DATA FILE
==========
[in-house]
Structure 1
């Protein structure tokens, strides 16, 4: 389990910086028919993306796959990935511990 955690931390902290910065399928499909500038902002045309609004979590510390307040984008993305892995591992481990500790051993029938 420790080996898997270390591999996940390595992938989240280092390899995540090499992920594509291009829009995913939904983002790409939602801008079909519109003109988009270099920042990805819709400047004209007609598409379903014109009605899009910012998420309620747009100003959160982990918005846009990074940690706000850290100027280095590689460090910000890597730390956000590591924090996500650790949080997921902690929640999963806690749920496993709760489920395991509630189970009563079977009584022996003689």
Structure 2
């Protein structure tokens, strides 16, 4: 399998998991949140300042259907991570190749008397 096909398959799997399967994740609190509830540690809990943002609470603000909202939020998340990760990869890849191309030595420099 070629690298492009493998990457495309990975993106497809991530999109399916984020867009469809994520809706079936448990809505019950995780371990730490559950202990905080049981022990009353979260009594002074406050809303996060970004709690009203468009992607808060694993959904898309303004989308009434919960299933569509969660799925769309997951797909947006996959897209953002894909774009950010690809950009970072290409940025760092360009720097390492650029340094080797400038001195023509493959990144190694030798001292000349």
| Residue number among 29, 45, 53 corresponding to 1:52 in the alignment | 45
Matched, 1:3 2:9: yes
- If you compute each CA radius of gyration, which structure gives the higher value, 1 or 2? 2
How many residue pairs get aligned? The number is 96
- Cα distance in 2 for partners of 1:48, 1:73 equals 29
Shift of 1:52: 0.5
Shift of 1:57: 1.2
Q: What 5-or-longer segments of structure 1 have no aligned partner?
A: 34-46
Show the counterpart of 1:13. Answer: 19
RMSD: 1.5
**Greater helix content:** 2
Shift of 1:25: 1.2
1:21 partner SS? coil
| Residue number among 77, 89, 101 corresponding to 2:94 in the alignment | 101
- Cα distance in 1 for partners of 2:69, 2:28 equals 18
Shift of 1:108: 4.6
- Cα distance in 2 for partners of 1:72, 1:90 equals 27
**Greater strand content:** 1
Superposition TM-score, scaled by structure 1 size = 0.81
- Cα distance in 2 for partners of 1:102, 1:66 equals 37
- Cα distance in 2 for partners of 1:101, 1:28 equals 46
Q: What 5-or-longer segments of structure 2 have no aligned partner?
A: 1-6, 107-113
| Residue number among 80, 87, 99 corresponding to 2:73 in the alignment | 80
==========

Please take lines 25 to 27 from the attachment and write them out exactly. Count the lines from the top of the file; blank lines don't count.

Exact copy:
Superposition TM-score, scaled by structure 1 size = 0.81
- Cα distance in 2 for partners of 1:102, 1:66 equals 37
- Cα distance in 2 for partners of 1:101, 1:28 equals 46